Wax Instructions


Chain off, thread onto swisher tool, into wax, swish around when molten, hang to dry..


So what do I need to get started on waxing my training chains?

  • A clean chain. It is MUCH easier to clean a new chain with factory grease vs an existing used chain. new chains just need a few rounds of solvent cleaning (mineral turps) followed by a couple of rounds of methylated spirits to ensure no film left behind from cleaning – the wax must have clean clear chain metal to be able to properly bond. Existing chains can easily take over 3 litres of solvent to properly clean, and surface treatments like low friction coatings will already be compromised. How to clean new chain? -200ml per chain – Bath 1 – 10 to 15 min soak in closed container then shake, Baths 2 & 3 – 2 min shake bath, then 2 x 200ml metho shake baths in metho, dry, wax. 
  • Clean drive train – any way is fine, you don’t have to worry about wax bond you just dont want any oily dirty drive train contaminating your beautiful new waxed chain. Dont forget troughs of chain ring and cog teeth not just sides. Pipe cleaner brushes are great here. Remove jockey wheels one at a time paying close attention to what side faces out to ensure put back same way.  
  • Small slow cooker – anything between 1.5 to 3L or even 3.5L is a perfect size for a bag of wax allowing chain to be fully submerged and easy to agitate. You can use bigger ones, you just might need two bags of wax in there at a time. Most times woolworths stock an Adesso 1.5litre for $20 which is perfect, they must be wondering why they have sold 3000 of them in the last few years hahaha!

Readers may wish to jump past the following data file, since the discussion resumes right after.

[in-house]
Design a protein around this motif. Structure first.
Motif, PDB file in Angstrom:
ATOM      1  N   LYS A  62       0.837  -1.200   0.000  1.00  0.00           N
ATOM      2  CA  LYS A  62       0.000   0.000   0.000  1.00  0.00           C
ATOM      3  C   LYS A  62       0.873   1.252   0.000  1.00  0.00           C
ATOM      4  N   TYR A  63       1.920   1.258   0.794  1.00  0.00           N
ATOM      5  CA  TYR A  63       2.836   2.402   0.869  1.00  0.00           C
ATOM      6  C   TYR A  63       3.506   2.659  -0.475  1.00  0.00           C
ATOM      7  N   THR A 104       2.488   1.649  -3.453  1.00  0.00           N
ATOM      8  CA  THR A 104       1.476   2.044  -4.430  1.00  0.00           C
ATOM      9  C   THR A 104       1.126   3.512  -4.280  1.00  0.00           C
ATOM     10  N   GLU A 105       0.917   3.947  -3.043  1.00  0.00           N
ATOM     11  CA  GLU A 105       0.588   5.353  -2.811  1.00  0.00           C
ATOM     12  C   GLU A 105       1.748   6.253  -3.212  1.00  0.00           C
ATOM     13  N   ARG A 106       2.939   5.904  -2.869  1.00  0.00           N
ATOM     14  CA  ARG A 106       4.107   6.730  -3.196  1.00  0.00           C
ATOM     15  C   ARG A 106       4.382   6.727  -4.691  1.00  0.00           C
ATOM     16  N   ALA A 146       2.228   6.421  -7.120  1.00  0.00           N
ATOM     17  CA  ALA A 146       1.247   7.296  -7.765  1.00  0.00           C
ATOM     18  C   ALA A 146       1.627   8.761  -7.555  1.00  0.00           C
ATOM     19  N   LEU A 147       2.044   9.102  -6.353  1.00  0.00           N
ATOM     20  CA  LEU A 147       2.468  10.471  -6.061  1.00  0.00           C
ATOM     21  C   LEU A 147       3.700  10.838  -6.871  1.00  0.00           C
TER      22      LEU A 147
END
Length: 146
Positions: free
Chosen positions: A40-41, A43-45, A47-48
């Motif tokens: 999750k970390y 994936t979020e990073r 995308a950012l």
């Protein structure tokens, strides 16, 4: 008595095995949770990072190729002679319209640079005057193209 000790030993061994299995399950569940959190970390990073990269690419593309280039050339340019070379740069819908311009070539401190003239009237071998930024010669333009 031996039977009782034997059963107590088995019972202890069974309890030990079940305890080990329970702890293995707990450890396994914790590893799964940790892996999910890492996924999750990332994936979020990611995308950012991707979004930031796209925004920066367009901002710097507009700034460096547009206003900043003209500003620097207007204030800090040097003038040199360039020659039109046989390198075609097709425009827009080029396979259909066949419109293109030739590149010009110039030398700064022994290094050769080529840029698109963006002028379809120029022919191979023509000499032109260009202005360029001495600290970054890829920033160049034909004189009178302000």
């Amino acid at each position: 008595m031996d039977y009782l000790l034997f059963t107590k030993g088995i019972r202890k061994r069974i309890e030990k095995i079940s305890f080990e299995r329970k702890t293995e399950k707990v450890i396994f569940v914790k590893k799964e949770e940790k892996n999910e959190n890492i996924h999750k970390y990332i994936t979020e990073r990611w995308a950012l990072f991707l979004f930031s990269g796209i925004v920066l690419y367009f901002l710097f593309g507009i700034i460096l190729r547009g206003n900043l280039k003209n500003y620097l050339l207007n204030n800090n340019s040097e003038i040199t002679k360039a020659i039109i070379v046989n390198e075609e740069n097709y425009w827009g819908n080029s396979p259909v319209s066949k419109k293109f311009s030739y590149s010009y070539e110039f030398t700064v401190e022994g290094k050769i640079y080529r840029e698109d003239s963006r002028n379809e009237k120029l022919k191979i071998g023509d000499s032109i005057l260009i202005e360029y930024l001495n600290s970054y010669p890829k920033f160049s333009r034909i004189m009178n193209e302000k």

• A swisher tool fashioned from coat hanger is great – Just bend wire into a u-shape to thread chain onto and bend a little handle at top. Have a look at basic swisher product in zfc online store and copy that – very easy. 
  • A place to hang your chain after removing from wax
  • An easy method for taking chains off and putting back on. You must use a type of master link as breaking and installing link pins is a recipe for disaster. We recommend either YBN master links as they are re-useable 5 times and are a great price, and are super strong and reliable, or wipperman connex links – they do not required tools to remove or install and  lasts the lifetime of the chain (but they have their quirks such as no protective coatings or hardening so the link wears at a much faster rate vs a top level chain like ybn – the ybn links are chromium carbide hardened same as chain).